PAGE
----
By Alyssa Schnugg
On Thursday, Oxford Mayor Robyn Tannehill and the Board of Aldermen echoed the words of Gov. Tate Reeves who issued a statewide shelter-in-place order Wednesday to help prevent the spread of COVID-19.
The message was simple and clear – stay home.
“We are asking you, until April 20, to shelter in place,” Tannehill said Thursday morning during a special called meeting that was streamed live on YouTube. “That’s strong and that’s hard and we know it’s difficult for everyone, but what we need you to understand is that the future of this community depends on it. Life and death depend on it.”
The resolution approved by the aldermen adopts the intent of Executive Order 1466 that goes into effect at 5 p.m. on Friday, requiring all Oxford citizens to shelter in place. The city further adopts the definitions of “essential” and “non-essential” businesses and functions referenced in Reeve’s order.
Both the statewide Executive Order and the resolution passed by the Oxford Board of Aldermen will remain in effect until at least April 20.
It is the third resolution passed by the Board this month dealing with stopping the spread of COVID-19. The Executive Order by Reeves only varies slightly than Oxford’s resolutions, strengthening what is already in place.
Oxford residents should only leave their homes to engage in activities or perform tasks necessary to their health and safety, or the health and safety of their family or household members and pets or the health and safety of those persons who are unable to or should not leave their home; to obtain necessary food, services or supplies or to deliver those goods or services to those cannot leave their homes; to engage in individual outdoor activity and recreation; or to go to work as businesses deemed essential.
Tannehill spent time explaining how the Executive Order and Oxford’s resolution affects local citizens.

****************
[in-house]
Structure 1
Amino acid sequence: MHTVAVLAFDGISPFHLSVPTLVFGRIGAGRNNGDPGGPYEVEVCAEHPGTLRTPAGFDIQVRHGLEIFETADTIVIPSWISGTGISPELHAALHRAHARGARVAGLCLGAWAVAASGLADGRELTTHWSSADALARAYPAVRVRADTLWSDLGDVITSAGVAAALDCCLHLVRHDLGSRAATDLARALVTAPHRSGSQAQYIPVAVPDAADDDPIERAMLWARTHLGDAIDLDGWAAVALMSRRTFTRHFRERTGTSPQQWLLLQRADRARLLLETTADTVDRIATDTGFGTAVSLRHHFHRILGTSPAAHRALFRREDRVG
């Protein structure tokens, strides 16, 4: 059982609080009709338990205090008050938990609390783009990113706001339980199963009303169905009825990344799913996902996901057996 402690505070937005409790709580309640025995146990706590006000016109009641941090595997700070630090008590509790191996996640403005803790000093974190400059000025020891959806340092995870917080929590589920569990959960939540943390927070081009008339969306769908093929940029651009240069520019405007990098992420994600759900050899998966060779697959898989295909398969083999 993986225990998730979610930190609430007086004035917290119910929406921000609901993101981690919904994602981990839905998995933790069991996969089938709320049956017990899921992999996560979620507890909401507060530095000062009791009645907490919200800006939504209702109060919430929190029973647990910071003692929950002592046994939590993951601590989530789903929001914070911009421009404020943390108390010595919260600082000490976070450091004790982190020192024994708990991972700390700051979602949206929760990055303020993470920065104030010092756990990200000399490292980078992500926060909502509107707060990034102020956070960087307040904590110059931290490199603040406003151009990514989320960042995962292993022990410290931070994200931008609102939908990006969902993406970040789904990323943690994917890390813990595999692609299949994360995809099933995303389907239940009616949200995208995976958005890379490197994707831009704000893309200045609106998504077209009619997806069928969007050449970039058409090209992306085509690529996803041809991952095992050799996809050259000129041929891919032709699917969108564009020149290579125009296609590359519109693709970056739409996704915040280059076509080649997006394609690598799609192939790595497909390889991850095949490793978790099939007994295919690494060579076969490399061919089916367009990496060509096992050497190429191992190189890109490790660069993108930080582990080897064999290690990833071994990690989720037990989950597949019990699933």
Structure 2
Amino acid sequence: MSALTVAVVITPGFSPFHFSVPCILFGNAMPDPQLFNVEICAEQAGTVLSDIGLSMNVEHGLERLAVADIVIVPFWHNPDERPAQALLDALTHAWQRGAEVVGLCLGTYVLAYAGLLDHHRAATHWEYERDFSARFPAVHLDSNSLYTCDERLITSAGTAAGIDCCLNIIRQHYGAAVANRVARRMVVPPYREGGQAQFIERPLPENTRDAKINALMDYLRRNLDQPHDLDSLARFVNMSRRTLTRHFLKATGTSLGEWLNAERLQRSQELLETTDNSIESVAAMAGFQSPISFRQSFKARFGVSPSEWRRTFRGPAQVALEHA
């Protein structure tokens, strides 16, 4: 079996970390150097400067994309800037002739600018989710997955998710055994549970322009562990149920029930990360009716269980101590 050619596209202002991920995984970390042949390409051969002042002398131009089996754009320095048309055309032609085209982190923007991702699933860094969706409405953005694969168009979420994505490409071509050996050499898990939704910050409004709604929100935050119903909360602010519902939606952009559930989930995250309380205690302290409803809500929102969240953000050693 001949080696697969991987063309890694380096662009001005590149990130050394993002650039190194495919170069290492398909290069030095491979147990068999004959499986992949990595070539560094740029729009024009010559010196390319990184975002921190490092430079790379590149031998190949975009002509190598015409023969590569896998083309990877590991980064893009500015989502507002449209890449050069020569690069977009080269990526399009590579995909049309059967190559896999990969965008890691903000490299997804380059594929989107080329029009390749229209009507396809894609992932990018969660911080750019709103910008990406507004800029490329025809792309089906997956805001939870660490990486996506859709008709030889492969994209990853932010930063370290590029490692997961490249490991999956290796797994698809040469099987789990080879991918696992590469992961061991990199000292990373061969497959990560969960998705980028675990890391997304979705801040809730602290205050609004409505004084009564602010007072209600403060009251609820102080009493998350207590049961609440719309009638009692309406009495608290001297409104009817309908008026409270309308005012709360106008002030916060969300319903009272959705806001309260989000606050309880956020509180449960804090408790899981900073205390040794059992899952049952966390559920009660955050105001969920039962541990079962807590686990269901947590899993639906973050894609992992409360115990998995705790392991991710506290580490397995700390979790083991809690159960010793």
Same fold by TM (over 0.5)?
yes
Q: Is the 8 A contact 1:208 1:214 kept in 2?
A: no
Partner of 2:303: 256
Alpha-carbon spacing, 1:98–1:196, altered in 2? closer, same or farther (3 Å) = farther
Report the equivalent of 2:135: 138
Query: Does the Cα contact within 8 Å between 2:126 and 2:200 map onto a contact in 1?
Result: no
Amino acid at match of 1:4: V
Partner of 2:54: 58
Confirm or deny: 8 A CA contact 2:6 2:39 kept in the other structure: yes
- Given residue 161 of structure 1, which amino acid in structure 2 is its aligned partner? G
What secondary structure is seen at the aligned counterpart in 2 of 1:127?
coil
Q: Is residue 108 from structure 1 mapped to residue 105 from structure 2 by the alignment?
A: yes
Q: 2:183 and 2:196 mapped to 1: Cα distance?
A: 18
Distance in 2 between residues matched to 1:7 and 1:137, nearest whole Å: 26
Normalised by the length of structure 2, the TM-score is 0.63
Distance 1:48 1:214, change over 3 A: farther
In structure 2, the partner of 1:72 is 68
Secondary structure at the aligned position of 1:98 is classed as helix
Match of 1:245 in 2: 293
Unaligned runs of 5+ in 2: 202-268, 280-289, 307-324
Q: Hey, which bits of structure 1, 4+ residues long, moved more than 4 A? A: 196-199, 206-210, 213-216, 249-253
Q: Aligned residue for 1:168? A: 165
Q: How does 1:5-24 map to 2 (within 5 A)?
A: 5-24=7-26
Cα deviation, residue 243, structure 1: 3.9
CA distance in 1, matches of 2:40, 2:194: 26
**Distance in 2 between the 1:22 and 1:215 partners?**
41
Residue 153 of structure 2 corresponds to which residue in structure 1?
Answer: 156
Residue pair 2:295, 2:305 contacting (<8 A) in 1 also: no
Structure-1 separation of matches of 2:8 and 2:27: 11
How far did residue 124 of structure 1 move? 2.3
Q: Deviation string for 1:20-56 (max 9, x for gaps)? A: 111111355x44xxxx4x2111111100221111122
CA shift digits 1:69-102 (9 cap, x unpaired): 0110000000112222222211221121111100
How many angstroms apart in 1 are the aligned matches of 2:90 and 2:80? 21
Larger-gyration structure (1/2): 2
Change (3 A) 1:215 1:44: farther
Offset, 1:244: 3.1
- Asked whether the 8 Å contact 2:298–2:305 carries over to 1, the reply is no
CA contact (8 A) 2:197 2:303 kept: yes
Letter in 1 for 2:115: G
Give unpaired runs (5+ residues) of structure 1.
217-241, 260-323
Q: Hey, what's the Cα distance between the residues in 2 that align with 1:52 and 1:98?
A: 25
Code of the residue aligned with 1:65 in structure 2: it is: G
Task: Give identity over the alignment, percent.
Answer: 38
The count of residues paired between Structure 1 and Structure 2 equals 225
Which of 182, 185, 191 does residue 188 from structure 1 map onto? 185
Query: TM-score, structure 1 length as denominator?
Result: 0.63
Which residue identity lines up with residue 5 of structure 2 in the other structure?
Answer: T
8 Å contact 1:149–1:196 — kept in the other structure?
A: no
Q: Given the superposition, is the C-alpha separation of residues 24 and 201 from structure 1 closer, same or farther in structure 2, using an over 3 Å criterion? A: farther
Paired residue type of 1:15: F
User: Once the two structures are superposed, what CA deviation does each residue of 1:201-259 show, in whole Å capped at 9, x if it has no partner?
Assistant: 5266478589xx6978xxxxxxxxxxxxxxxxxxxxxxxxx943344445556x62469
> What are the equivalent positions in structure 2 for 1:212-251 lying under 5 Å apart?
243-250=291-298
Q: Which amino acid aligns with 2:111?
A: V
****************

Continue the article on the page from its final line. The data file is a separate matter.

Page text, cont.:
Mentioned in the order is the suspension of evictions by landlords; however, it does not release the tenant’s responsibility to pay their rent.
“The city does not have the right to intervene on behalf of students who are returning and wanting to get out of their leases,” she said. “We can’t demand landlords compromise with tenants.”
Retail stores, not including grocery stores, hardware stores, pharmacies, gas stations and other businesses deemed essential, can no longer allow customers inside their stores.
“Nonessential businesses may not continue to offer curbside service until April 20,” Tannehill said. “They can no longer allow one or two in at a time. However, delivery service can still be provided.”
Essential and non-essential businesses are listed here.
The city will be closing the dog park, and all other city park facilities like playgrounds and tennis courts are closed. Walking trails will remain open. People can go to Pat Lamar Park to walk but must maintain a 6-foot distance from others at all times and there is no gathering allowed at pavilions or in the parks’ parking lots.
Tannehill said groups of young people driving around town in cars is also discouraged.
“We need parents to help put a stop to that,” she said.
All public pools, including those inside apartment complexes and condominium developments, are to be closed, as well as gyms.
“Community centers in those developments need to be closed,” Tannehill said. “We will be strictly enforcing that.”
Part of the resolution passed Thursday in Oxford mandates that businesses allowed to remain open must put up prominent signs at all entrances informing customers to stay 6 feet away from other customers. Businesses with existing public-address systems must regularly inform customers to stay 6 feet away from each other. Markers on floors and signage measuring 6-feet intervals should be placed at checkout lines.
Businesses with self-checkout technology should use signage to encourage cashless purchases and the use of self-checkout stations.
“We have seen people bringing kids to grocery stores, making it a family outing,” Tannehill said. “That goes against everything this resolution intends. Go by yourself and not carry a group of people in.”
Tannehill commended local businesses and their response thus far in responding to these mandates.
“Some have gone above and beyond and we so appreciate that,” he said.
The board also approved extending the local state of emergency declaration for another 30 days and approved a resolution that all full-time city employees are eligible for paid administrative leave during the current state of emergency.